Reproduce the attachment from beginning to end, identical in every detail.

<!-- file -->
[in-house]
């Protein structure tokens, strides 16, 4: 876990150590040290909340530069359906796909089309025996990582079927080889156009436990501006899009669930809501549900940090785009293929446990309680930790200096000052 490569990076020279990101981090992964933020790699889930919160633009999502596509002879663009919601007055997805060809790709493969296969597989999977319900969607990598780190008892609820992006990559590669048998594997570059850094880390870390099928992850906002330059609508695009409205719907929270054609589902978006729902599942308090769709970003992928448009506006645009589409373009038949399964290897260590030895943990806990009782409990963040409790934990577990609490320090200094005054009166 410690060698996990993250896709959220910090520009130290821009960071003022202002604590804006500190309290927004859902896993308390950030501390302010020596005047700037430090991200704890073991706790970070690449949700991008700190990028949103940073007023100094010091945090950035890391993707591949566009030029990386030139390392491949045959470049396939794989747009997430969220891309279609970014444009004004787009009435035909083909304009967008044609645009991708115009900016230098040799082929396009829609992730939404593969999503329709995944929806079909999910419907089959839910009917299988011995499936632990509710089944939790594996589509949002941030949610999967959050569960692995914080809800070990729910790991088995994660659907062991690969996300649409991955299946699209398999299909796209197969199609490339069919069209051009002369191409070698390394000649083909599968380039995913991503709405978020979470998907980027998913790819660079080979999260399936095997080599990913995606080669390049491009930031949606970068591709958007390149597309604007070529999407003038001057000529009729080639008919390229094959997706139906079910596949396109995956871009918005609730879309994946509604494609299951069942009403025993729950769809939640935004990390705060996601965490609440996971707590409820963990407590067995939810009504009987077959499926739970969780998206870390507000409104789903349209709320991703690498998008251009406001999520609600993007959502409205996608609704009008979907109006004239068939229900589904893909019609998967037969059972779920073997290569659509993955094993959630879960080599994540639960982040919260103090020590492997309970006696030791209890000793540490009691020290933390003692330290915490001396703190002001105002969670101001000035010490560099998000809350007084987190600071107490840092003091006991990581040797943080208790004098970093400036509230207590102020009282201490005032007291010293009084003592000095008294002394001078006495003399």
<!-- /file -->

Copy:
[in-house]
């Protein structure tokens, strides 16, 4: 876990150590040290909340530069359906796909089309025996990582079927080889156009436990501006899009669930809501549900940090785009293929446990309680930790200096000052 490569990076020279990101981090992964933020790699889930919160633009999502596509002879663009919601007055997805060809790709493969296969597989999977319900969607990598780190008892609820992006990559590669048998594997570059850094880390870390099928992850906002330059609508695009409205719907929270054609589902978006729902599942308090769709970003992928448009506006645009589409373009038949399964290897260590030895943990806990009782409990963040409790934990577990609490320090200094005054009166 410690060698996990993250896709959220910090520009130290821009960071003022202002604590804006500190309290927004859902896993308390950030501390302010020596005047700037430090991200704890073991706790970070690449949700991008700190990028949103940073007023100094010091945090950035890391993707591949566009030029990386030139390392491949045959470049396939794989747009997430969220891309279609970014444009004004787009009435035909083909304009967008044609645009991708115009900016230098040799082929396009829609992730939404593969999503329709995944929806079909999910419907089959839910009917299988011995499936632990509710089944939790594996589509949002941030949610999967959050569960692995914080809800070990729910790991088995994660659907062991690969996300649409991955299946699209398999299909796209197969199609490339069919069209051009002369191409070698390394000649083909599968380039995913991503709405978020979470998907980027998913790819660079080979999260399936095997080599990913995606080669390049491009930031949606970068591709958007390149597309604007070529999407003038001057000529009729080639008919390229094959997706139906079910596949396109995956871009918005609730879309994946509604494609299951069942009403025993729950769809939640935004990390705060996601965490609440996971707590409820963990407590067995939810009504009987077959499926739970969780998206870390507000409104789903349209709320991703690498998008251009406001999520609600993007959502409205996608609704009008979907109006004239068939229900589904893909019609998967037969059972779920073997290569659509993955094993959630879960080599994540639960982040919260103090020590492997309970006696030791209890000793540490009691020290933390003692330290915490001396703190002001105002969670101001000035010490560099998000809350007084987190600071107490840092003091006991990581040797943080208790004098970093400036509230207590102020009282201490005032007291010293009084003592000095008294002394001078006495003399």